With recent opinion polls suggesting Winston Peters will be king or queen maker after the September 23 election, the NZ First leader has announced that his party wants to increase the minimum wage to $20 an hour.
This would be done over three years, Peters said in a speech in Tauranga, and NZ First would also introduce a tax package for employers and businesses to negate their increased costs.
Interestingly Peters’ speech refers to his party’s confidence and supply agreement with the last Labour government between 2005 and 2008 that saw the minimum wage increased by $3 an hour.
“We insisted that the minimum wage go from $9 per hour to $12 progressively by 2008. That is the biggest rise ever in the shortest time ever in this country’s history,” Peters said.
Does this suggest that Peters may be leaning towards backing a Labour Party reinvigorated under new leader Jacinda Ardern? On the surface his minimum wage policy may sound more palatable to Labour than National. But Peters will no doubt keep us guessing up to, and probably beyond September 23.
The minimum wage was increased by 50 cents to $15.75 an hour from April 1. Announcing this in January, Workplace Relations and Safety Minister Michael Woodhouse said the increase would benefit about 119,500 workers and increase wages by $65 million a year. Woodhouse also pointed out there had been annual increases to the minimum wage since 2009.
Here’s more from Peters’ speech below.
Increasing minimum wage
New Zealand First will build our economy from the bottom up, creating opportunities for New Zealanders, boosting our economy and increasing productivity.
Our goal is to increase the minimum wage to $20 over three years. Drastically increasing the minimum wage will increase productivity and stimulate the economy.
New Zealand First’s record on fair wages in this country is a proud one. In 2005 we campaigned to address the then low minimum wage under the Labour government.
As part of our confidence and supply agreement with Labour in 2005 following the election we insisted that the minimum wage go from $9 per hour to $12 progressively by 2008. That is the biggest rise ever in the shortest time ever in this country’s history.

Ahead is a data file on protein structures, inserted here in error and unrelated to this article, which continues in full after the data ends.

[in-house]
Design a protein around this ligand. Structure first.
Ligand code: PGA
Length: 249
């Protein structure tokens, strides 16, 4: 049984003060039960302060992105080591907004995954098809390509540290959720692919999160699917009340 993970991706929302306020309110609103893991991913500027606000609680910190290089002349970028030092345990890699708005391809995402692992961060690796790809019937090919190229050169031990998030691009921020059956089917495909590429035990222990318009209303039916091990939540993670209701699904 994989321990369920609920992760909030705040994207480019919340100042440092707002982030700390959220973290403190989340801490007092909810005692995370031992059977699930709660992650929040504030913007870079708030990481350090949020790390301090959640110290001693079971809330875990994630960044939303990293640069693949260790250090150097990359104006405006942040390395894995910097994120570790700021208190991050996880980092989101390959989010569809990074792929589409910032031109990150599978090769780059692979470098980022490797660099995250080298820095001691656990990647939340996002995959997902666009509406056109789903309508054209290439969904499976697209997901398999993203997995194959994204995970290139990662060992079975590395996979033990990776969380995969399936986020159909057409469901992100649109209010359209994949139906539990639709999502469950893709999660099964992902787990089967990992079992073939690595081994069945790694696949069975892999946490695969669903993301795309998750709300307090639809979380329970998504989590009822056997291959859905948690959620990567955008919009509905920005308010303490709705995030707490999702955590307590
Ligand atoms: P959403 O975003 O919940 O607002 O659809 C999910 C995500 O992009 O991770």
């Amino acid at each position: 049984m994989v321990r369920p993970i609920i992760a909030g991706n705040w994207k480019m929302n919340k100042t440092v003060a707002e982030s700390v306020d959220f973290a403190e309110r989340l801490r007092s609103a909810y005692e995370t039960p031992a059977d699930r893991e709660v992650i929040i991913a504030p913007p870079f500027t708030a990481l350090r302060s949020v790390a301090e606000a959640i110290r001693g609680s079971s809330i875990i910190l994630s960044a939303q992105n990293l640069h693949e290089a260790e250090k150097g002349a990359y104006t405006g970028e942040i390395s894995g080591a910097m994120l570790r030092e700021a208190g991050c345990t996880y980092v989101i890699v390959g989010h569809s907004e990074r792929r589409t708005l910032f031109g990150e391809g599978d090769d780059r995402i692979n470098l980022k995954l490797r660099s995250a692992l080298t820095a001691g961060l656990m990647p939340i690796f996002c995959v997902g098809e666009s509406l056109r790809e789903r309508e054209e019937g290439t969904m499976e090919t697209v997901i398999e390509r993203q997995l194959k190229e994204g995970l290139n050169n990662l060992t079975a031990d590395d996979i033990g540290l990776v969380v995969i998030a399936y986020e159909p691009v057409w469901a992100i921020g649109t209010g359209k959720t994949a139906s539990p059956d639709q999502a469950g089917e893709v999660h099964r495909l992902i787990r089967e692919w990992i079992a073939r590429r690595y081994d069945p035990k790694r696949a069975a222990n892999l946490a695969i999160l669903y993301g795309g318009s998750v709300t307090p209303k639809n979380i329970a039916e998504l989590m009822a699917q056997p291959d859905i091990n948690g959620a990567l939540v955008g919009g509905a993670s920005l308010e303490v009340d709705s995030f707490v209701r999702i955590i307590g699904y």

We know that without a change in tax for Employers and Businesses that can’t happen.
Employers – Business tax package
Accordingly, we will: – introduce a tax package for New Zealand Employers and Businesses to negate the increased cost to employers and businesses of paying fair wages.
Removing GST on basic food
New Zealand First will lower the family food bill by removing GST on basic essential food. By lowering the cost of the household food basket we will bring much needed relief to thousands of low income New Zealanders.
GST would come off all basic food items – not restaurant and takeaway meals. This is a bold policy which goes to the heart of inequality that is undermining our society.
There are estimated to be 212,000 children in poverty in New Zealand. In April this year the Salvation Army said 20 per cent of New Zealand children were living in a household that regularly goes without essentials such as adequate food, clothing or heating. That’s one in every five children in New Zealand.
The cost of removing GST on basic essential food is somewhere between $600 million and $700 million. And for those armchair critics who have long forgotten, or have never known “struggle street”, who don’t know what basic or essential food is – I recommend they ask their grandmother.
Clampdown on Tax Evasion Behind closed doors the National government has been heavied by giant multinational bully boys over a proposed tax clampdown and our government buckled like wimps. Multinationals are evading paying tax in New Zealand of between $7 billion to $10 billion a year. It’s a rort.
They’re getting away with it and the government is letting them. A shady outfit from the United States no-one has heard of, the Digital Economy Group, pressured the New Zealand government and won. The so-called crusher Revenue Minister Judith Collins was crushed. Finance Minister Steven Joyce, huddled behind his desk and waved a white flag.
The giant multi-nationals want to paralyse the OECD. They’re now doing the same to the National government. And they’re succeeding.
Given the Labour Party’s already announced policy on taxing multinational corporations to raise $200 million, it seems that like the National government they have already caved in even without having discussions with the secretive international group. New Zealand First would clamp down on these giants who cheat us.
We are going to clamp down on tax evasion. Multination corporations will be required to pay fair tax in New Zealand. For example Tegel, with its $614 million turnover pays only .38 percent of tax (profit was $34.2 million). This will end under New Zealand First.